As always, it ain't the crime, it's the cover-up. In what looks to be Congress protecting its turf, a planned study by the National Highway Traffic Safety Administration on driver distraction – specifically, drivers using cell phones – was put on hold. The reason, according to The New York Times, was allegedly a fear of upsetting the Capitol body. The reason, according to an ex-head of NHTSA, was "to avoid antagonizing members of Congress who had warned the agency to stick to its mission of gathering safety data but not to lobby states."
In 2003, NHTSA already had "hundreds of pages" of research on the effects of multitasking while driving. And yes, as many Autoblog commenters have surmised, the research does indeed point to people using their cell phones being "as likely to cause an accident as someone with a .08 blood alcohol content." NHTSA officials also felt that hands-free systems weren't a safe enough solution – drivers were still too distracted.
But when the safety agency drafted a letter to then Transport Secretary Norman Mineta that included policy recommendations, the head of the agency began hearing complaints about NHTSA overstepping its bounds. Congress, it was said, "warned the agency not to use its research to lobby states." As the story goes, the threat to NHTSA was that if it upset Congress, it "could jeopardize billions of dollars of its financing."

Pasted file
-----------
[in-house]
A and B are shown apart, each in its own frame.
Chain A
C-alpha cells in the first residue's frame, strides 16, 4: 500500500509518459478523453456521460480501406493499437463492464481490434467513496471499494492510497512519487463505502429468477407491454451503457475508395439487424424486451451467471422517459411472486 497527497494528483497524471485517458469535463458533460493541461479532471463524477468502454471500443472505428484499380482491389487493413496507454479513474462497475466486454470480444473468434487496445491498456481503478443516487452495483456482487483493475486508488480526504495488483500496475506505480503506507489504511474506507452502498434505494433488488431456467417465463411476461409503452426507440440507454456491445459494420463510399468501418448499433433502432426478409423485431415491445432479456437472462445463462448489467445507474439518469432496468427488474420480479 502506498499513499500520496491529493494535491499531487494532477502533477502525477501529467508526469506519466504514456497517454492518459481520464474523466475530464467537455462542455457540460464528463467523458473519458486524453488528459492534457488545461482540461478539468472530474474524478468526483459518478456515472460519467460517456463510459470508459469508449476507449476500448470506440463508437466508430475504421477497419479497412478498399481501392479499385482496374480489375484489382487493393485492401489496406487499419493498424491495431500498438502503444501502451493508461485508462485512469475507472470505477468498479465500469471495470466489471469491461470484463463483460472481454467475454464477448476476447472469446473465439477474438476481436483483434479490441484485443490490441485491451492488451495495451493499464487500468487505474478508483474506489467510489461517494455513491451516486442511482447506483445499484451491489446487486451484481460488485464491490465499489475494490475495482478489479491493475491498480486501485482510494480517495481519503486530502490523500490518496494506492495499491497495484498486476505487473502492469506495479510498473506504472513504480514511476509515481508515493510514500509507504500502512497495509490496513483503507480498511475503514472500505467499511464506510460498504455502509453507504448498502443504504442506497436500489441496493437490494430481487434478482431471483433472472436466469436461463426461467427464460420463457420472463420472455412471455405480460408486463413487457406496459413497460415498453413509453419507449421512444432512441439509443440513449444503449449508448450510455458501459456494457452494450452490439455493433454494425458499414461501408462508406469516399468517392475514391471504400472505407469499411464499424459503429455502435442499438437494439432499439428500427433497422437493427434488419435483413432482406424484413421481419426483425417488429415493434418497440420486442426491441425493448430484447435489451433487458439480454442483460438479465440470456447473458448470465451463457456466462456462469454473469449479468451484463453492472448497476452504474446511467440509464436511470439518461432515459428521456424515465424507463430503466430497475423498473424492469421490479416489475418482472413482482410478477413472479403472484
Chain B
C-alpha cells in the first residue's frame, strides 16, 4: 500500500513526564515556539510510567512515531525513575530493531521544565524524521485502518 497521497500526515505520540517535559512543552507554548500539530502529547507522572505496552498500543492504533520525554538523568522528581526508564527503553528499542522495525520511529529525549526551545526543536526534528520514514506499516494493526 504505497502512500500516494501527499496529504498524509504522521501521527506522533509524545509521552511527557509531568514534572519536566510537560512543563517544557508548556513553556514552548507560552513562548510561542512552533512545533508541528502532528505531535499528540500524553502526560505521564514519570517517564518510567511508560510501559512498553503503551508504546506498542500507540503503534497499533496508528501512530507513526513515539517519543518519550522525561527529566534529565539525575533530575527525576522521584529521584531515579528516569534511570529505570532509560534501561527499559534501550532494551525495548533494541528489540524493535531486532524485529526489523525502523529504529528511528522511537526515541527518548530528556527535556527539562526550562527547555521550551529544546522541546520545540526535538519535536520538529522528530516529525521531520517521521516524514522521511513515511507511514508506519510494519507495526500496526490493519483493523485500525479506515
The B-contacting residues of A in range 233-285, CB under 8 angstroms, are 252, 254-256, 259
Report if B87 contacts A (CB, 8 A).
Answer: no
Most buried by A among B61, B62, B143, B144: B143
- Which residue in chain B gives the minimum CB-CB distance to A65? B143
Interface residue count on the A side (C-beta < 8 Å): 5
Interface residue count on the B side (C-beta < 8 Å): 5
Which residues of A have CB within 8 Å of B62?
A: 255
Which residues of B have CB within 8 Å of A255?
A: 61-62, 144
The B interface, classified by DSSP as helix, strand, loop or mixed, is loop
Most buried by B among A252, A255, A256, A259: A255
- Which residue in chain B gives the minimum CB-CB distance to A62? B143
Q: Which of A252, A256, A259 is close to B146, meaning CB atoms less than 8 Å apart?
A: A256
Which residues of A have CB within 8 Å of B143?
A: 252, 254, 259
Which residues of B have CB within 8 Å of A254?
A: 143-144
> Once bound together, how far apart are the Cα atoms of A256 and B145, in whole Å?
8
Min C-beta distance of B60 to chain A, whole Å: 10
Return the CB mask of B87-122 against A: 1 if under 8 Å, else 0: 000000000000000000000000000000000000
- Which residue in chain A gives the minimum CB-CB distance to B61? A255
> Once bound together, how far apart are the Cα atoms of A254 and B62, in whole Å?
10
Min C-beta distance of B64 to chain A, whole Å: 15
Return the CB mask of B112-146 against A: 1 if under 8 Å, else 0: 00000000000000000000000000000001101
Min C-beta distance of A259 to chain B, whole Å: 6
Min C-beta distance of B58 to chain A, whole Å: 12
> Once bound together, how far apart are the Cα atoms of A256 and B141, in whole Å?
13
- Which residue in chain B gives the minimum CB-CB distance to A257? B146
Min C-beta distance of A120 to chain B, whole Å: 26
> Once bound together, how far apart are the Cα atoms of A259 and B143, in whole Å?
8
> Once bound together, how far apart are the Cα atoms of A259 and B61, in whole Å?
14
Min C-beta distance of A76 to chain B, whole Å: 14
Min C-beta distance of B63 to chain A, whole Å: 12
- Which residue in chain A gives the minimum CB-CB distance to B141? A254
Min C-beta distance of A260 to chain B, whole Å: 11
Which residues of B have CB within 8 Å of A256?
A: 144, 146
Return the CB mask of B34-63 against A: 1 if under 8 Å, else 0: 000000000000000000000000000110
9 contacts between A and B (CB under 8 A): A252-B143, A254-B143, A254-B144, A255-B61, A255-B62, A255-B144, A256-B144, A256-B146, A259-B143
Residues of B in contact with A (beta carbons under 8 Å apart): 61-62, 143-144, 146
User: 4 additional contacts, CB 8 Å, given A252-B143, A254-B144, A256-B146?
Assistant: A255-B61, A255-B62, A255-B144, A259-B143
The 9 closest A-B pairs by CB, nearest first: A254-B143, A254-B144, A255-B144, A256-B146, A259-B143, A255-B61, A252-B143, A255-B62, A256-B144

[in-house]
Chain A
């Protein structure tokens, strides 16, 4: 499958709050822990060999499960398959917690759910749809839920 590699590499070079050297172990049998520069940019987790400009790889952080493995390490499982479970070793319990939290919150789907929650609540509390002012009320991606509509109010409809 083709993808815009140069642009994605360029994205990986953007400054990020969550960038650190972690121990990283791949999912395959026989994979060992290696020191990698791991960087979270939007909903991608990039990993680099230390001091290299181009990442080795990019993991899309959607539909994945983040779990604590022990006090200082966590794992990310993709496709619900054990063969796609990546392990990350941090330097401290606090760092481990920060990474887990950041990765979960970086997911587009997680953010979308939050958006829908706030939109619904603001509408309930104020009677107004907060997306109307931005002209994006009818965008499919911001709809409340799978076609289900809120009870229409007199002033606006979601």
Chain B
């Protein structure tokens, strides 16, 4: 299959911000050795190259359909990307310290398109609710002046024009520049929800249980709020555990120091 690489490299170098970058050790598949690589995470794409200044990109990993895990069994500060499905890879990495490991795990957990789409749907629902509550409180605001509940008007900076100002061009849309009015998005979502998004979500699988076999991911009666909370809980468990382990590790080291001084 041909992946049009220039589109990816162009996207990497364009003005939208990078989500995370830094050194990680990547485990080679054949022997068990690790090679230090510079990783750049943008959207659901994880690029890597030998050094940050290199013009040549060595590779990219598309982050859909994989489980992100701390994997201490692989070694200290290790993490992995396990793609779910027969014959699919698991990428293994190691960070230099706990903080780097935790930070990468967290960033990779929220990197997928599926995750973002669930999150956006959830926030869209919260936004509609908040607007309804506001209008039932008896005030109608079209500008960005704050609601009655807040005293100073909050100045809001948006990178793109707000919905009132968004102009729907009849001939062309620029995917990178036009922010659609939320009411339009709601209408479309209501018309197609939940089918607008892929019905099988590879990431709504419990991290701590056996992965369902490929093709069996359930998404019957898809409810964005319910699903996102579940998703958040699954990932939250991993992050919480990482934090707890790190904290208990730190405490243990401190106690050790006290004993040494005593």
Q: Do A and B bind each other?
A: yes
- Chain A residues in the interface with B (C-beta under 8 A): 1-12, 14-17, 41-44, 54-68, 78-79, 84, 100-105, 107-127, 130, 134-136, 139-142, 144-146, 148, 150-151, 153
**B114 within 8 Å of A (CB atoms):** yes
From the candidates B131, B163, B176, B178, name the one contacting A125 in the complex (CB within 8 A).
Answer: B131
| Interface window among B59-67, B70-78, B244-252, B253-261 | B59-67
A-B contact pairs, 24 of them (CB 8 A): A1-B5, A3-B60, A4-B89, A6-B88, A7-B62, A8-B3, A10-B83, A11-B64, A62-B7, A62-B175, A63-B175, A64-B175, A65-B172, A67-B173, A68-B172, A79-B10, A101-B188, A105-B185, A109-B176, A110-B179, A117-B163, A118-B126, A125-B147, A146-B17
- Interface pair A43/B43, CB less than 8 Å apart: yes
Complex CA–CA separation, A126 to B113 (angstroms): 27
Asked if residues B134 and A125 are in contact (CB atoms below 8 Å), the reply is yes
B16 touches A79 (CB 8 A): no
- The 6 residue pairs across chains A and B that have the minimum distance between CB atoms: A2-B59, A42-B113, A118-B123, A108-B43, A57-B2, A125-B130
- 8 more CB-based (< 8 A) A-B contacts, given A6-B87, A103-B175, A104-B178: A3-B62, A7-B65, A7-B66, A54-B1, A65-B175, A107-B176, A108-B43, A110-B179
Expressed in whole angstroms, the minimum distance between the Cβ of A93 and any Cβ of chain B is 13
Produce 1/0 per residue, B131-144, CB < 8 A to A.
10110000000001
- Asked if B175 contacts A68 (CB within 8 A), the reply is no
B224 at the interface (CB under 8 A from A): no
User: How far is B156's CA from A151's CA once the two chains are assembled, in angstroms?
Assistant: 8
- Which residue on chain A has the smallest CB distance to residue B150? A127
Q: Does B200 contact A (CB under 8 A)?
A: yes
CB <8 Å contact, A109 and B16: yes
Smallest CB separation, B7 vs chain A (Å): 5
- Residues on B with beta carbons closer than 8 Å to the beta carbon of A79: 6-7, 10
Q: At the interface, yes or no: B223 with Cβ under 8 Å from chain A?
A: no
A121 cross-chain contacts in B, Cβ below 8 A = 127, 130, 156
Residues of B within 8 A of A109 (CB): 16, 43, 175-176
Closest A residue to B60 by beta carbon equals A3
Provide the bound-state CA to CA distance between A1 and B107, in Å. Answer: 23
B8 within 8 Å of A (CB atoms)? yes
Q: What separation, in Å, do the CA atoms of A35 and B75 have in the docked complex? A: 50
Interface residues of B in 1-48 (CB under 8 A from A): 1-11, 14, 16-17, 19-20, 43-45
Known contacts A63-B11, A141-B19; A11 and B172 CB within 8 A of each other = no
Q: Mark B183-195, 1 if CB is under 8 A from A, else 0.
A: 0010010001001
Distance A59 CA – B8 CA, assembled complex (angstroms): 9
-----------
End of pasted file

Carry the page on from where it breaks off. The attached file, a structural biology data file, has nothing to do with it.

So instead of going forward with a focused study of cell phone usage that would include 10,000 drivers, the agency shelved everything and stayed quiet. Due to Freedom of Information Act requests, the research gathered up to now is being revealed. But there is still the issue of Congress holding back information that, frankly, could save lives.
What do you think? Do you use your mobile phone while driving? Do you think doing so should be illegal? Drop your fellow reader a line in 'Comments.'
[Source: The New York Times | Image: Jeff J Mitchell/Getty]